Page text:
1. Whether the requirements of the right to a fair hearing, in a disciplinary process, were met where employees were only given a chance to respond to allegations on fake academic certificates in writing but were not afforded an oral hearing.
  2. Whether it was discriminatory to subject employees, who were alleged to have used fake academic certificates to either get employed or get promoted, to a disciplinary process that led to demotion or dismissal from work.
  3. What remedies were Petitioners, whose rights to a fair hearing were allegedly violated, entitled to? Read More..

Held:

  1. There were well-founded principles applicable to the drafting of a petition for the enforcement of fundamental rights and freedoms. A person alleging contravention of his constitutional rights had to set out the right infringed upon and the manner in which the said right had been infringed upon.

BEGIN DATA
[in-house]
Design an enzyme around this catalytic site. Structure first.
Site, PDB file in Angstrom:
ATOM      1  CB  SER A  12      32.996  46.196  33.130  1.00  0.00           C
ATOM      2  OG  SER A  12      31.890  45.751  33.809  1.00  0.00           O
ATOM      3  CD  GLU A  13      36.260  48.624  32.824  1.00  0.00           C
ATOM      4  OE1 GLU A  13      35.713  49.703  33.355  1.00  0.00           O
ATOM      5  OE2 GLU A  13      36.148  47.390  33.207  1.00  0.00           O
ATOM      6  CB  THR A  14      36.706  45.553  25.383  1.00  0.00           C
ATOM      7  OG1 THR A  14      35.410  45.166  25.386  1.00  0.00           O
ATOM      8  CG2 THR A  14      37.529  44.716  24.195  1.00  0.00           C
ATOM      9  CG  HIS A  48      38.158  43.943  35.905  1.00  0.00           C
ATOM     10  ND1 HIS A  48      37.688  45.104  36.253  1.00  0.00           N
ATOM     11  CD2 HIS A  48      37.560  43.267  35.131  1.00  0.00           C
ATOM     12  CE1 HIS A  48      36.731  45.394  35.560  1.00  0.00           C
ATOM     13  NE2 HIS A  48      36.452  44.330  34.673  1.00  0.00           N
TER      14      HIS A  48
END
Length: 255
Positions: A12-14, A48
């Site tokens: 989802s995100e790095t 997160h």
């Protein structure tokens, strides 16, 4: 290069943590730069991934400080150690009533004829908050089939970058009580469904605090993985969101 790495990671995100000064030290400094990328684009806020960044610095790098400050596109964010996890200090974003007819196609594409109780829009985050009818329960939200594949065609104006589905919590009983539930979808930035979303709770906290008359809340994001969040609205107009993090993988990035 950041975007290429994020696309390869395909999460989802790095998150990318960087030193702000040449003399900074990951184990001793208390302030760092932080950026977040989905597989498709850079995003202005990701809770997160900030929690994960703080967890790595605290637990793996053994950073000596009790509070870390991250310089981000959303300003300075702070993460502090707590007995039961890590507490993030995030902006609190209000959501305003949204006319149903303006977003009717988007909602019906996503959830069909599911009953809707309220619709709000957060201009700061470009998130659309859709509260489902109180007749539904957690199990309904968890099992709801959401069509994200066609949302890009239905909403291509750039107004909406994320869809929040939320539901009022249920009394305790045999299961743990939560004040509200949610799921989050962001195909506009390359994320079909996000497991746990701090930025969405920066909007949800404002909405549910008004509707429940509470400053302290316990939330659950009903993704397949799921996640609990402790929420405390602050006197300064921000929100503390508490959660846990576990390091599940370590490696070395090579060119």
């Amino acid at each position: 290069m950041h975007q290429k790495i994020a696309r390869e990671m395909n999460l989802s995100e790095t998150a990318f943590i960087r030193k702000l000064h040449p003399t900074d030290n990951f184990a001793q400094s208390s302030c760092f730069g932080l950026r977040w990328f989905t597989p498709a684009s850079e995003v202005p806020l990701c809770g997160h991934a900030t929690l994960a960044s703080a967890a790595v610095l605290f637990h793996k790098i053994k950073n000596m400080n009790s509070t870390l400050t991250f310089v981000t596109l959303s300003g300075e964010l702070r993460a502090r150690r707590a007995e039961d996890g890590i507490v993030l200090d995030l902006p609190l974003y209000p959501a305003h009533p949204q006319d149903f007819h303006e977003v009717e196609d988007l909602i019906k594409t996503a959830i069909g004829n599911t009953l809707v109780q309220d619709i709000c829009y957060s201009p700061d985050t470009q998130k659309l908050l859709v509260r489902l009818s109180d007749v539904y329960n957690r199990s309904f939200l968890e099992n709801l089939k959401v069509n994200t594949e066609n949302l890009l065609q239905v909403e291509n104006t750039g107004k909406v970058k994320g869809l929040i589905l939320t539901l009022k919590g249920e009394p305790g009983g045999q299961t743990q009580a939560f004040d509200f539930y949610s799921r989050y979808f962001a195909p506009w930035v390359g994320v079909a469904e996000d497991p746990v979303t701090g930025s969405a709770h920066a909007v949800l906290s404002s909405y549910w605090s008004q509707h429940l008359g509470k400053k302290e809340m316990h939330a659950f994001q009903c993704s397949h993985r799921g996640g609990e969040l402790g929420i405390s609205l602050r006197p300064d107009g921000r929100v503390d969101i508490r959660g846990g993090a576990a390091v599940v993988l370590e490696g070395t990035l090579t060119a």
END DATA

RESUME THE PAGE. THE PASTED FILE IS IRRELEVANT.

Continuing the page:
2. Article 27 of the Constitution provided for the right to equality and freedom from discrimination. Discrimination was defined in Blacks Law 9th Edition at page 534 as the effect of a law or established practice that conferred privileges on a certain class or that denied privileges to a certain class because of race, age, sex, nationality, religion, or disability. Differential treatment especially failure to treat all persons equally when no reasonable distinction existed between those favoured and those not favoured.
  3. Discrimination entailed treating one group differently or preferentially as compared to another group under similar circumstances. The Petitioners did not show that they were subjected to discriminatory treatment as compared to a different group under similar circumstances. Therefore, the Petitioners' contention on discrimination had no basis.